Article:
How would you feel? Unprepared? Flustered? Angry? Panicked? For many children with sensory processing difficulties, changes in routine or a novel activity can be just as difficult to handle. These children often benefit from a clear visual schedule of the day’s events so they can prepare themselves for the sensory demands of the activities they are expected to complete.

Visual schedules are a great way to help your child understand the daily tasks, challenges and fun activities that the day will bring. Using picture schedules may help reinforce routines, such as getting ready for school, or assist with transitions during the day. Even children who can read can benefit from the use of pictures, as it may be faster for them to comprehend the schedule visually.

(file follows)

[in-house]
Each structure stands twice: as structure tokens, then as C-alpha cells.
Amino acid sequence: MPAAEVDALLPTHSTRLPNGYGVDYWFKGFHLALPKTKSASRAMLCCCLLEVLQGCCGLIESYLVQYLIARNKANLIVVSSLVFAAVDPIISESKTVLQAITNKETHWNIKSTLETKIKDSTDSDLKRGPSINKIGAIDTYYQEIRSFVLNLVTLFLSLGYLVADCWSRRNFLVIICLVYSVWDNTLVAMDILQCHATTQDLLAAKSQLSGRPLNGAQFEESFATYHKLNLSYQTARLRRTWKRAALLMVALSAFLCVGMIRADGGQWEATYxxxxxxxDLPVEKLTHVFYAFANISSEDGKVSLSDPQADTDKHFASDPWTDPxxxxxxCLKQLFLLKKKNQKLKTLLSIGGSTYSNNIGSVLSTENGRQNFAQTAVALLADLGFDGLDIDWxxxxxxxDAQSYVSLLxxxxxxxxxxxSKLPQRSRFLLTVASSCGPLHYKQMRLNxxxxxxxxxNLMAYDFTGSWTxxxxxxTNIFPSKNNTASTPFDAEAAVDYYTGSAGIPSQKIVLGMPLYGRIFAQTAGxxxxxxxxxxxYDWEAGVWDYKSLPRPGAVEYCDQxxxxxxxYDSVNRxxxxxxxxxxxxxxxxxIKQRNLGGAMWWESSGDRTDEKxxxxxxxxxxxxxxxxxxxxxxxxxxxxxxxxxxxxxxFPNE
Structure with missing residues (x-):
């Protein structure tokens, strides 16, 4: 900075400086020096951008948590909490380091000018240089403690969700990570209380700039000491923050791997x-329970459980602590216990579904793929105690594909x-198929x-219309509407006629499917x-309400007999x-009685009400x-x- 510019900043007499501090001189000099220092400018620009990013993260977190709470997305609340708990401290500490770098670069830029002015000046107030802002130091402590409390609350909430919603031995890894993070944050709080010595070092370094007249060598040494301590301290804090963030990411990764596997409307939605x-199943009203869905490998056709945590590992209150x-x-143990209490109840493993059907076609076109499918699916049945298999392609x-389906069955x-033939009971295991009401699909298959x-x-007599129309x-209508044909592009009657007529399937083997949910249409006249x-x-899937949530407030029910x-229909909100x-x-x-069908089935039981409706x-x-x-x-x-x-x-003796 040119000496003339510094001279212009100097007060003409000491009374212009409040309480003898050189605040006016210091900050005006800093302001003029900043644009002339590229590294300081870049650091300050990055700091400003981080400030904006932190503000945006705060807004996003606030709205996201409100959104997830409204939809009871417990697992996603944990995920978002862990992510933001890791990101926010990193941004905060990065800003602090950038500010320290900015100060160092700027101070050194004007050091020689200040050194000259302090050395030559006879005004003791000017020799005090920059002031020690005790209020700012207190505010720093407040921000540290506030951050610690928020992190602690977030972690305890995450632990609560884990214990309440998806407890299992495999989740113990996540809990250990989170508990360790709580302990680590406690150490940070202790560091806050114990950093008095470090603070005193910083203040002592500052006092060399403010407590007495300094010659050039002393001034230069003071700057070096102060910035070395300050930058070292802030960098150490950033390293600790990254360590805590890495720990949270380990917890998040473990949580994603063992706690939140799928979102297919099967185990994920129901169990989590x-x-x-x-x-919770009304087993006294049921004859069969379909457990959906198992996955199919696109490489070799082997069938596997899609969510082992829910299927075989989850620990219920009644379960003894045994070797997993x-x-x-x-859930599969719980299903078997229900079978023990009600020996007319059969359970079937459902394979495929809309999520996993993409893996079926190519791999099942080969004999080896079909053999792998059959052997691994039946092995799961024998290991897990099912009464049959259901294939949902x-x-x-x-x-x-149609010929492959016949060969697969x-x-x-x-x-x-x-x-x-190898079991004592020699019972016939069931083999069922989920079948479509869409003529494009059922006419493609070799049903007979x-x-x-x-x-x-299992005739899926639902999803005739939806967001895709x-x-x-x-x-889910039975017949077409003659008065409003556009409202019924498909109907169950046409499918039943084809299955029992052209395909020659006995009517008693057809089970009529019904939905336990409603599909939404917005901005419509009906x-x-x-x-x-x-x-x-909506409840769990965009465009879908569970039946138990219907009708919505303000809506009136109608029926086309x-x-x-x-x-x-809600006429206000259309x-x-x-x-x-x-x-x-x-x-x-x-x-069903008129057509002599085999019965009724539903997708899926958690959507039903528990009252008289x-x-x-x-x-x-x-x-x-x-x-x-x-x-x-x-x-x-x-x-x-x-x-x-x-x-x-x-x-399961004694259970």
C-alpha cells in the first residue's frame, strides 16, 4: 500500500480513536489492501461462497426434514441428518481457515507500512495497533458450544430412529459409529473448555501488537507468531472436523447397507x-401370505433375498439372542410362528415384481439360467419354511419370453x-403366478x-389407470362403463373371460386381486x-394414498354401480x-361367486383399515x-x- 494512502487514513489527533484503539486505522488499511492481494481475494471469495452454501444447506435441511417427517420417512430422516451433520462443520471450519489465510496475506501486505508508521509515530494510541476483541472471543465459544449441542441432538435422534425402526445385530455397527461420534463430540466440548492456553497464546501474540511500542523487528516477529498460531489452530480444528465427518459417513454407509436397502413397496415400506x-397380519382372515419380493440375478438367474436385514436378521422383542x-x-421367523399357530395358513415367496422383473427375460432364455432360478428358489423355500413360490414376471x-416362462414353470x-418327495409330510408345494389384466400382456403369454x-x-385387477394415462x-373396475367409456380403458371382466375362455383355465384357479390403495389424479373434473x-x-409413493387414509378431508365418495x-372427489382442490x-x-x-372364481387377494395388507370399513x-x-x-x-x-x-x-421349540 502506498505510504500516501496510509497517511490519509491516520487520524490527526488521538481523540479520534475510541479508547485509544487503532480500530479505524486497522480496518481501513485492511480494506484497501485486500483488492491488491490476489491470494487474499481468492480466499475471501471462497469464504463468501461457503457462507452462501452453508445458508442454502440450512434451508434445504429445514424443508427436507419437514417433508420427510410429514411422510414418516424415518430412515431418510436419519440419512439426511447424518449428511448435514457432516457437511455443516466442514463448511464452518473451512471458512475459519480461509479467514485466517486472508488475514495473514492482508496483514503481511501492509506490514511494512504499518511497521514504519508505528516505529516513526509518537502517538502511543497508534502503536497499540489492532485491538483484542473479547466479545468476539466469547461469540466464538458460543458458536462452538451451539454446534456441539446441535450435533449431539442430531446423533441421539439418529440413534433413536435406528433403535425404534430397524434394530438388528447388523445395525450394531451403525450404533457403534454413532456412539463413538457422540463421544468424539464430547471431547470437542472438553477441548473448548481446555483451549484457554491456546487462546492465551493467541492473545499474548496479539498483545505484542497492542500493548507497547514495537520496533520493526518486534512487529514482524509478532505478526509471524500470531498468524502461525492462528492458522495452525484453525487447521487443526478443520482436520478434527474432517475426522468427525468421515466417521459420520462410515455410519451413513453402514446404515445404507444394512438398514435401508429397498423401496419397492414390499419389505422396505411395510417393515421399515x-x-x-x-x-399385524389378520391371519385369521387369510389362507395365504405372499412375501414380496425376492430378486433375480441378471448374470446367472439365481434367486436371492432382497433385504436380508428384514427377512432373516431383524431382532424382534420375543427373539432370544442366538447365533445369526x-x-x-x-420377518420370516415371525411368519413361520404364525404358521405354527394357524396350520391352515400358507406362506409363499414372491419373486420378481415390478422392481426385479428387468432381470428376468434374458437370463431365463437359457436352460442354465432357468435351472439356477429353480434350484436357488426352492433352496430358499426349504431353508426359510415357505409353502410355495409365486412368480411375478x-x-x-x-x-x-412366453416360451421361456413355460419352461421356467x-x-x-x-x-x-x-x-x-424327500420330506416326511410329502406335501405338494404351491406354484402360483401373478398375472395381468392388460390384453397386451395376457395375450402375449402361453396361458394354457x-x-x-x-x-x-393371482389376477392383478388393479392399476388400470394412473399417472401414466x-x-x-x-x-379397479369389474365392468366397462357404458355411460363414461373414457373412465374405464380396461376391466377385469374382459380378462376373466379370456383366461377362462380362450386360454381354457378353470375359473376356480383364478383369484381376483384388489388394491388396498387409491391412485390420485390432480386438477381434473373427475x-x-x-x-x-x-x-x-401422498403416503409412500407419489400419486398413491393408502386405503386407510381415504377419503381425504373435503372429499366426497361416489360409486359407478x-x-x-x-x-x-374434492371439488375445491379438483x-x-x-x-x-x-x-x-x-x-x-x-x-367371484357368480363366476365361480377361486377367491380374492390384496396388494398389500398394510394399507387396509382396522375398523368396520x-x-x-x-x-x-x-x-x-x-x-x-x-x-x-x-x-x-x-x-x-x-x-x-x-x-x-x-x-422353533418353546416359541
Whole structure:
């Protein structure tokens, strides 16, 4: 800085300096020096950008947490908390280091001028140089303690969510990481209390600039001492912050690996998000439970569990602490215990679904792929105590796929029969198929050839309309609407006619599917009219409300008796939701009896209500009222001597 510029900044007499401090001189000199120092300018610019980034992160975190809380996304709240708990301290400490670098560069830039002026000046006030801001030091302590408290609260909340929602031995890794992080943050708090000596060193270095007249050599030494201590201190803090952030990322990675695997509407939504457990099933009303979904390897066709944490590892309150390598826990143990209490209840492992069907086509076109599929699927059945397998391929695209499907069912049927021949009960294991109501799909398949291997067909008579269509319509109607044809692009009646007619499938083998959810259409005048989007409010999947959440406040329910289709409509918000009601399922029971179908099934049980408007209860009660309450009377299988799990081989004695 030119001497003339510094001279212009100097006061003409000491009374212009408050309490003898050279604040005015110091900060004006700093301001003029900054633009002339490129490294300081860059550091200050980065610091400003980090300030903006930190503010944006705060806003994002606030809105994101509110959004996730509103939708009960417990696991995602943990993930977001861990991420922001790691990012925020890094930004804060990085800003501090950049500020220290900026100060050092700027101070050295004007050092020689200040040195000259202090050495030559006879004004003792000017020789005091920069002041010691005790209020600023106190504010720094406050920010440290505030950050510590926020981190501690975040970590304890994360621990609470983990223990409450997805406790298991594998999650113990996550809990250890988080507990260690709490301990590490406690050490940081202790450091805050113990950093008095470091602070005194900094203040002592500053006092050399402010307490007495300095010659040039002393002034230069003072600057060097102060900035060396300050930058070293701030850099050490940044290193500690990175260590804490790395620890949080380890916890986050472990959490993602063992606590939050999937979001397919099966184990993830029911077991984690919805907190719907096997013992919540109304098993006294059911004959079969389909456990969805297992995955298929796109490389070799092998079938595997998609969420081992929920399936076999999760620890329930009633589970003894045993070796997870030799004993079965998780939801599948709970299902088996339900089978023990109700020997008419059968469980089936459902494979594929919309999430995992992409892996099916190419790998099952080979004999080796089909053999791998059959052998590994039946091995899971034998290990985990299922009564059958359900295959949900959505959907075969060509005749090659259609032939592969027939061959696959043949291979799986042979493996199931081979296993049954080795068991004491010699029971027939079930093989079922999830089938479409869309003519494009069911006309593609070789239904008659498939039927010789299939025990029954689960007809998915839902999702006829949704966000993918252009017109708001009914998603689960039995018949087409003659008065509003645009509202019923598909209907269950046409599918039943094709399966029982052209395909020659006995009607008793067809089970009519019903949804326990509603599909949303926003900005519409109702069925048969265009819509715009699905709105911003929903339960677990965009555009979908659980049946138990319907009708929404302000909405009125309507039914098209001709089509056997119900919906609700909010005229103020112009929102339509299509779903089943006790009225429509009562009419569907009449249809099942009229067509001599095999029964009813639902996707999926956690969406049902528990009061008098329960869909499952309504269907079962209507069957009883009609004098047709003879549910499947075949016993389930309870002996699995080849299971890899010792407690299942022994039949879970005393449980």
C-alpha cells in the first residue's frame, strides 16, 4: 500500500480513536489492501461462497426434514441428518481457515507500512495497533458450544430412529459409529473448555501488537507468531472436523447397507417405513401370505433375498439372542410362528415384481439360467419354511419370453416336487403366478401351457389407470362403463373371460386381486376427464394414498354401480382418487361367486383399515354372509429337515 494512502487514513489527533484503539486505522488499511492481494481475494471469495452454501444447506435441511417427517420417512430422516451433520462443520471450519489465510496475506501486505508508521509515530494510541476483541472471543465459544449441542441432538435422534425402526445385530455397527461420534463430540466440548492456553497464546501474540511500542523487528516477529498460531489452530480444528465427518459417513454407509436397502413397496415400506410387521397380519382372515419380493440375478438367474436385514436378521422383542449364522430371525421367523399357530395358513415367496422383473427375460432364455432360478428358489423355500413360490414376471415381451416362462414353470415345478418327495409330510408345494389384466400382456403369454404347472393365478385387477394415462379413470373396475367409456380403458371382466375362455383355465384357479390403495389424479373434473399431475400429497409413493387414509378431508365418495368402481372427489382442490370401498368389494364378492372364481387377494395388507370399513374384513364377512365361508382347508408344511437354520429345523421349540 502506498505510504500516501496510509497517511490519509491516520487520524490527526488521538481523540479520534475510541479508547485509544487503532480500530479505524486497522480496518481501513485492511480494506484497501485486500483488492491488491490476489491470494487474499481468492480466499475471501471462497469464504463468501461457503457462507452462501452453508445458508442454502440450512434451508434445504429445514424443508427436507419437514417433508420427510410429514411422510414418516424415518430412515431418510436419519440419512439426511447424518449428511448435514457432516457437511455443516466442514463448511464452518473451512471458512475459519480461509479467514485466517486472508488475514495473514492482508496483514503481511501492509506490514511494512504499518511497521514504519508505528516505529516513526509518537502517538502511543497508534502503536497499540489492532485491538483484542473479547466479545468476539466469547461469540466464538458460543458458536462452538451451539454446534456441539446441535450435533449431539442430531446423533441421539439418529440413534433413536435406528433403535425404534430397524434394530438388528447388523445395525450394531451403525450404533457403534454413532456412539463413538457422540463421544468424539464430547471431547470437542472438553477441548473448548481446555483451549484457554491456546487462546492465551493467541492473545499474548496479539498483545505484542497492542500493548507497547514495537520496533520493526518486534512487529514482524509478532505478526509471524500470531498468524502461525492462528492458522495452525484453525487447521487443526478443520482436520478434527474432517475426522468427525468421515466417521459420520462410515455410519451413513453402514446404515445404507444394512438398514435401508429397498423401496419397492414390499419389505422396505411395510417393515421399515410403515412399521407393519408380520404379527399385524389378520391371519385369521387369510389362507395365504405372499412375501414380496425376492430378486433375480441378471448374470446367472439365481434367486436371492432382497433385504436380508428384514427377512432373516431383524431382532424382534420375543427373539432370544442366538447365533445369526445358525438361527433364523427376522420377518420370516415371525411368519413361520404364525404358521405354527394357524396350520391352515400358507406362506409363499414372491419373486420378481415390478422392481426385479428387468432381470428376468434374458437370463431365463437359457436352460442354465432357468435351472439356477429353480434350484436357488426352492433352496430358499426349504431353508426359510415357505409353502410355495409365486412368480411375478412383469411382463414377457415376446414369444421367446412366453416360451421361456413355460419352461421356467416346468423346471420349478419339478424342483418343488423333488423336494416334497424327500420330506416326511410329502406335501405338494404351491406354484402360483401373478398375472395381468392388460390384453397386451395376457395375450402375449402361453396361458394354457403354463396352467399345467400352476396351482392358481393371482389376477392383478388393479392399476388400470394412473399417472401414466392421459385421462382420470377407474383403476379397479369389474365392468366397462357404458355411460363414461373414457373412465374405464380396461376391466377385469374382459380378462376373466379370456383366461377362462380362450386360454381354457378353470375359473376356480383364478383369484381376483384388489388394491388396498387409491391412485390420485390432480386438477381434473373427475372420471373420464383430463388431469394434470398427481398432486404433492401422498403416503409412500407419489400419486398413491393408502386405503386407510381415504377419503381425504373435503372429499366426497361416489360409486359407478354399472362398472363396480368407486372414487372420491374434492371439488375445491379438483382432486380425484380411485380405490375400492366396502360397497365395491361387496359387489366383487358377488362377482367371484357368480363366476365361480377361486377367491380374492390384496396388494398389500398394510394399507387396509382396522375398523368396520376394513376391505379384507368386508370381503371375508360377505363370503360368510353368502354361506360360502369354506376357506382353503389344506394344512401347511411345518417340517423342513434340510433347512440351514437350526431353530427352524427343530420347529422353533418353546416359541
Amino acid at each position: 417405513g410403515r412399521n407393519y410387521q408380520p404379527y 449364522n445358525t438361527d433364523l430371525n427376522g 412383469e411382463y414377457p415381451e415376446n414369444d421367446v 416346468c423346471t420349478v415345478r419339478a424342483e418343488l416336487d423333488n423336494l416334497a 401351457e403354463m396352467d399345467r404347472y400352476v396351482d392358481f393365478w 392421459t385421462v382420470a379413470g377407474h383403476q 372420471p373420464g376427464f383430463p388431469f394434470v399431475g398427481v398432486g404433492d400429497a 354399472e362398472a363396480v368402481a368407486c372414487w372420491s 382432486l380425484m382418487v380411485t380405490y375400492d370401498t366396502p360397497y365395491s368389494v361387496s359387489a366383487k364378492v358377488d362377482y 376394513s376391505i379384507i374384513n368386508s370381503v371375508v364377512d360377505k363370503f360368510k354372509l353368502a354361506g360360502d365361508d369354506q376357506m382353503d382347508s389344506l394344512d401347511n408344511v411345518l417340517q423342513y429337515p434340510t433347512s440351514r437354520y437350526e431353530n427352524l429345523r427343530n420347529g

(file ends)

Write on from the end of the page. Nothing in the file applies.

Decide how much detail your child requires. Is “Get Dressed” sufficient? Or does your child need a picture for each article of clothing to help with sequencing? Does your child have difficulty with changes in routine? You may want to add a symbol such as a star to represent a change in typical routines. Talk to your therapist for tips to best support your child.

visual schedule

Games We Love – Cat in the Hat: I Can Do That!

Cat in the Hat